embroidery on knits



Embellishing with embroidery is a stylish way to design your own fabric or upcycle a garment. You may have seen my posts about adding embroidery to denim, what about knits? Knit tops are my go to for a quick and easy sewing project. The knits I typically use for tops are usually rayon or polyester blends. These fabrics are thinner and tend to be somewhat fragile when it comes to the sewing machine needle piercing the fabric. Here are a few tips for embroidering on a rayon knit:

Supplies:

  • Rayon knit fabric
  • Knit top sewing pattern (I am using the Angela Wolf Ruched-t Pattern)
  • Brother Embroidery Thread
  • Pacesetter lightweight adhesive-backed water-soluble stabilizer
  • Brother Entrepreneur PR1000e

I prefer to “float” my knits in the hoop to prevent hoop burn on the fabric. If hoop burn is not an issue with a particular knit fabric, another stabilizer that would work here is Pacesetter lightweight water-soluble stabilizer. I will show an example with this stabilizer in another blog post.

You can either cut out the garment first or embroider the fabric and cut out the garment over the embroidery, whatever you feel most comfortable with. In this example, I’ve already cut out my top.

Decide on the location for the embroidery.

  • For my top, I am going to add embroidery to the outside sleeves and the collar.
  1. Hoop the Pacesetter lightweight adhesive-backed water-soluble stabilizer with the paper side up. Score the paper and remove the paper from the center of the hoop.

  1. The embroidery design I’ve chosen is built into the Brother Entrepreneur 10 needle machine and I can fit two designs on each sleeve. Starting with the top of the sleeve, fold the sleeve in half and line up the center of the sleeve with the center markings on the embroidery hoop.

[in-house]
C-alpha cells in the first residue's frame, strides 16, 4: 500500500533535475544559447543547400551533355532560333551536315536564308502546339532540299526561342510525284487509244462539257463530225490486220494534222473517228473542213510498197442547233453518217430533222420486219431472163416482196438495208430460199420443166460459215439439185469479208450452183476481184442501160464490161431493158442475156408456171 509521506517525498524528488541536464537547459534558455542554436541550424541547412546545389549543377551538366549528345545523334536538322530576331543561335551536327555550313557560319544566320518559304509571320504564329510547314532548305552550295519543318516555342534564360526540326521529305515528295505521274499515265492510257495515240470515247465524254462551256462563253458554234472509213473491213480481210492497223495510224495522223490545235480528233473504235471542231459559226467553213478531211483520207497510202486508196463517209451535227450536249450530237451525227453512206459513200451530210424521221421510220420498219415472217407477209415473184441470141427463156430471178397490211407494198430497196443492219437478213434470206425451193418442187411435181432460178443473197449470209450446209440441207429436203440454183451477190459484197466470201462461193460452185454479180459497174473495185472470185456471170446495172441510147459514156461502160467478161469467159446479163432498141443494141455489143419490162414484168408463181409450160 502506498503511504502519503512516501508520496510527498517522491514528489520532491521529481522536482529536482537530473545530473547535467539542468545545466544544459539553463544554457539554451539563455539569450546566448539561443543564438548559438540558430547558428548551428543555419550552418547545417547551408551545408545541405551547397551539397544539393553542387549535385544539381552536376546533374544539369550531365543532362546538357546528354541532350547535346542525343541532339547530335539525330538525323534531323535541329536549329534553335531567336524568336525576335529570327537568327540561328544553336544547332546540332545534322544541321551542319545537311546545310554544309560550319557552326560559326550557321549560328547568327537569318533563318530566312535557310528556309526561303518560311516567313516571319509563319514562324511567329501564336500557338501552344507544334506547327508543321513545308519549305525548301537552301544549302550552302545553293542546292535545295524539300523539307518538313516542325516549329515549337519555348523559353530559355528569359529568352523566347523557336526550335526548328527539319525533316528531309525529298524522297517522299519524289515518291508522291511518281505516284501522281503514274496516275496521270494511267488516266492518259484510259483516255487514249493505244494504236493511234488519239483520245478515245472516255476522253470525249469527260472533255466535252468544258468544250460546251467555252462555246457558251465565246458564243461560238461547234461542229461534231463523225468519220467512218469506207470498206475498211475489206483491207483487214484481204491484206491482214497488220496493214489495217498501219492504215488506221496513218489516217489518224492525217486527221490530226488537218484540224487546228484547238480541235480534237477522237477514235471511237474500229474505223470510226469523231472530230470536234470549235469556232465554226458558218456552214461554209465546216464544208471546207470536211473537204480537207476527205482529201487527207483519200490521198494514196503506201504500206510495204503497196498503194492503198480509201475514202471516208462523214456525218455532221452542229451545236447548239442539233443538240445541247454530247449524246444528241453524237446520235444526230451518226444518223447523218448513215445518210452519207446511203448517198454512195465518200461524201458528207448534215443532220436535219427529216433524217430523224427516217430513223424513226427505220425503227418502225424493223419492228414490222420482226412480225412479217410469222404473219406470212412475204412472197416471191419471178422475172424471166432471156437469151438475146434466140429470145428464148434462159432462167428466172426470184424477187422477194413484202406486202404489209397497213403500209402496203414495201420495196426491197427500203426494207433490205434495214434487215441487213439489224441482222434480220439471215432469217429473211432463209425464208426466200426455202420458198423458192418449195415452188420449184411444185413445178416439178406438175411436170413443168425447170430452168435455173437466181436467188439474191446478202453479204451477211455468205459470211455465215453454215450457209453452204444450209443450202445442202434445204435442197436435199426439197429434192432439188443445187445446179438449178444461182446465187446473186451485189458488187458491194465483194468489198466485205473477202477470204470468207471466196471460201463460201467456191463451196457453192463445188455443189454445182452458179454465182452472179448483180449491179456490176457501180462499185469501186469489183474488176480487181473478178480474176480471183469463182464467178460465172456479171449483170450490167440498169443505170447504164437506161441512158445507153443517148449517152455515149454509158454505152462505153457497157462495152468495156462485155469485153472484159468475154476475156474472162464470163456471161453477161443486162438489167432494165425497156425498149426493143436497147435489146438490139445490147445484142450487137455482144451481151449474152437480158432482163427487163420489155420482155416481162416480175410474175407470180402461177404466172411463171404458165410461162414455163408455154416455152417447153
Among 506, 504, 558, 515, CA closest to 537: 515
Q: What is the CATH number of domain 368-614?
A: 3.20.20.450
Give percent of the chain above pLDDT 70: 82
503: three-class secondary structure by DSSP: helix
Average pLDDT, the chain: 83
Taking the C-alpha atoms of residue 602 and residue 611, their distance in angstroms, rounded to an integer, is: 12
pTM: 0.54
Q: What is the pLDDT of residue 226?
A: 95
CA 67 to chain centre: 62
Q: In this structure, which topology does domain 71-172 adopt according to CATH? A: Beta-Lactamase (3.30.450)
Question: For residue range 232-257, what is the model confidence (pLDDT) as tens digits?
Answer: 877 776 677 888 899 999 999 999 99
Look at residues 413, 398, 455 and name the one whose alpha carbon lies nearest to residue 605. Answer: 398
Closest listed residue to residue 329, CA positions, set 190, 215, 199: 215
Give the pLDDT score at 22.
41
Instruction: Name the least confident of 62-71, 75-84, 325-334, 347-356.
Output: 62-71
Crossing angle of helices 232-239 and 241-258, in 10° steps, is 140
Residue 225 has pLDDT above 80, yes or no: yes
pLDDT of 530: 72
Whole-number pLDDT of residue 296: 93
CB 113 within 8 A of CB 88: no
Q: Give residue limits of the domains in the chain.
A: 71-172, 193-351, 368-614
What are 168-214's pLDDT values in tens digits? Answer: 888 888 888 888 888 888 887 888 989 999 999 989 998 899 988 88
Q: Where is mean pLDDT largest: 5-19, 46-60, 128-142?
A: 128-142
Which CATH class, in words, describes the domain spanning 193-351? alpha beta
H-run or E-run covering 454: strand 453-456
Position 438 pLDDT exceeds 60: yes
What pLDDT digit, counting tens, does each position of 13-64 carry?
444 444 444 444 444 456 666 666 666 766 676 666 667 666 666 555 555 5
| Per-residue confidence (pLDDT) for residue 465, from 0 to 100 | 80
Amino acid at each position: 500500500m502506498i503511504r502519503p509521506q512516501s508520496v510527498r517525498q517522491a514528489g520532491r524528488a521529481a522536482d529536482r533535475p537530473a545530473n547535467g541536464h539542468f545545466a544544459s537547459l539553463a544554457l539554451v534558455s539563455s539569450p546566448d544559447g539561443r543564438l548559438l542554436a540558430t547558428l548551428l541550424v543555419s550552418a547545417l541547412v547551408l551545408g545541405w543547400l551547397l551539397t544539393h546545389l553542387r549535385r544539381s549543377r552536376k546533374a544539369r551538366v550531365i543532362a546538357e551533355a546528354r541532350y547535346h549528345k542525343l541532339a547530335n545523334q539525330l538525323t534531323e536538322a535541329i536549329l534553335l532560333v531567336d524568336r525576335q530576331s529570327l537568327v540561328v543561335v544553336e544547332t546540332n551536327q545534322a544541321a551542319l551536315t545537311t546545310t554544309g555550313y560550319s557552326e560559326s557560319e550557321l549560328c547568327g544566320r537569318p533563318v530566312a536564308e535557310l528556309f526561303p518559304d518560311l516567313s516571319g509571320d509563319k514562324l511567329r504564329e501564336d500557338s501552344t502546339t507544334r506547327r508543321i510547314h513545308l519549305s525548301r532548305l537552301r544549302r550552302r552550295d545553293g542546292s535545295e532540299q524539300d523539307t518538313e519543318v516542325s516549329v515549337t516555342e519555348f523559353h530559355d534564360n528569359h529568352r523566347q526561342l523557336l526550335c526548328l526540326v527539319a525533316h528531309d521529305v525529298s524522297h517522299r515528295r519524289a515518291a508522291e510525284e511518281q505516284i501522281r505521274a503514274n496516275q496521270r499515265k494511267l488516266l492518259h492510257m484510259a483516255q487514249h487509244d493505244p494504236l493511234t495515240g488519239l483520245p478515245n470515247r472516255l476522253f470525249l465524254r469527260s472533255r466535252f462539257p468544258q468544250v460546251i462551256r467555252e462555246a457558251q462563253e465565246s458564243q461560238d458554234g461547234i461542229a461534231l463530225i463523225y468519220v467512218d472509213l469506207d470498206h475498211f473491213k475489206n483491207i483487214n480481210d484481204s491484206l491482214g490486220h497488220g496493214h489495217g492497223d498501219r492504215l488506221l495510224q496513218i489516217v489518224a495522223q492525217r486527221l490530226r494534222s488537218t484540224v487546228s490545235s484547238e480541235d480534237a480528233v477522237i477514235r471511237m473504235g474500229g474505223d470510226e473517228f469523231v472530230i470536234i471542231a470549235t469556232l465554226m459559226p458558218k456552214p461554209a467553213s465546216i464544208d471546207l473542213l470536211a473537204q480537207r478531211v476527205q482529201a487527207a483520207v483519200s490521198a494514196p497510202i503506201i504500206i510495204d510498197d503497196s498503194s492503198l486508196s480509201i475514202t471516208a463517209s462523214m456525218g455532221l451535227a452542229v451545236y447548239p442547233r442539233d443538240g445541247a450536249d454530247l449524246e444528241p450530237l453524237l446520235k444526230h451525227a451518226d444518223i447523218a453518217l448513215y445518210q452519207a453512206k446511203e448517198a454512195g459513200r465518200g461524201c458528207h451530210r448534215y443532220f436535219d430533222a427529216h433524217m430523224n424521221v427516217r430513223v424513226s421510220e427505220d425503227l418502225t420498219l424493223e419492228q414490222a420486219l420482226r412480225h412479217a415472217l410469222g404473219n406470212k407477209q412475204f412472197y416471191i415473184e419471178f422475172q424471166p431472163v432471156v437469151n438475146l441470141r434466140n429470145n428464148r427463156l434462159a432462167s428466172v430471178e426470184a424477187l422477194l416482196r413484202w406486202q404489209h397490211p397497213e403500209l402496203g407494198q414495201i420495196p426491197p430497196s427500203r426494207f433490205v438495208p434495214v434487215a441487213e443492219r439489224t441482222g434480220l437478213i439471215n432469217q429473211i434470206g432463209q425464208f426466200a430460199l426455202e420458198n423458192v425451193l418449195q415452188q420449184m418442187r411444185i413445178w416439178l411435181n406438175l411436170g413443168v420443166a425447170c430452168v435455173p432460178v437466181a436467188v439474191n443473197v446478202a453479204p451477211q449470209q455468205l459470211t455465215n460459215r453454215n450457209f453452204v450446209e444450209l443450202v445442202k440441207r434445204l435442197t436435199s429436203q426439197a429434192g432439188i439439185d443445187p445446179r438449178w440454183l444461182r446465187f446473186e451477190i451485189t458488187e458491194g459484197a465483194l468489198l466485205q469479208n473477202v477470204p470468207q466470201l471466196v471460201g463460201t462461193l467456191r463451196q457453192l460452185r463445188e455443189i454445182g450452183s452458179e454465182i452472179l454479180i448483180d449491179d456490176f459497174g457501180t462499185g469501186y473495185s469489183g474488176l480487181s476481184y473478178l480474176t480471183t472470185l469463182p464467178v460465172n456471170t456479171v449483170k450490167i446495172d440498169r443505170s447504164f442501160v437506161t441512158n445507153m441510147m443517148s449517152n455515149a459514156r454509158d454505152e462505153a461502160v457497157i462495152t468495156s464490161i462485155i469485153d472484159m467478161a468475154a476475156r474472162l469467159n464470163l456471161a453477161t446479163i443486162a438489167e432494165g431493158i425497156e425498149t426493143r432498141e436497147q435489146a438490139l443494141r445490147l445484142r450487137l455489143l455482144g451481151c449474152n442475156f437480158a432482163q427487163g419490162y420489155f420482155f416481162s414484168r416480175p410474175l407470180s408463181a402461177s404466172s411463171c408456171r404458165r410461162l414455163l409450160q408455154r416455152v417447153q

1. Lay the sleeve flat on the sticky back stabilizer, being very careful not to stretch the knit. Check the fabric for wrinkles or puckers. (Double check that the right side of the fabric is facing up).

  1. Choose an embroidery design that is not too dense, you don’t want the needle to puncture the fabric too many times in one place or you’ll end up with holes.

  1. If you have marked the center of your sleeve or you have a print on your fabric, you might want to scan in the background in order to place your design where you want it.

Changing the Colors to One

  1. Click on the color icon.

  1. I can see this design has 13 color changes and I’m not so sure the fall colors really go with my bright red fabric. I’m going to embroider this design all in one color.

  1. Instead of changing each color manually, here’s a quick way to change any embroidery design to a solid color. Right before you embroider you will be taken to a screen that looks like this, click on the icon as shown.

  1. This will take you to a screen where you have a choice to change each color to coordinate with the spools of thread in your machine or click on the icon my finger is pointing to and this will change all the colors the same.

  1. I changed all the colors to spool number 6, which is threaded with black embroidery thread.

Embroider

  1. Embroider the first design. When the first design is finished, remove the fabric and stabilizer from the embroidery hoop and cut away any excess stabilizer.

  1. Follow the previous steps to hoop the stabilizer and lineup the bottom half of your sleeve. Scan in the fabric in order to help place the design below the first embroidery.

  1. Continue to embroider all of the pieces you are embellishing. Here I have both sleeves and collar.

  1. Trim away all the excess stabilizer.

  1. Go to the sink and rinse the back of the stabilizer. This takes a few minutes, but you will see all of the stabilizer disappear, thus the term “water soluble”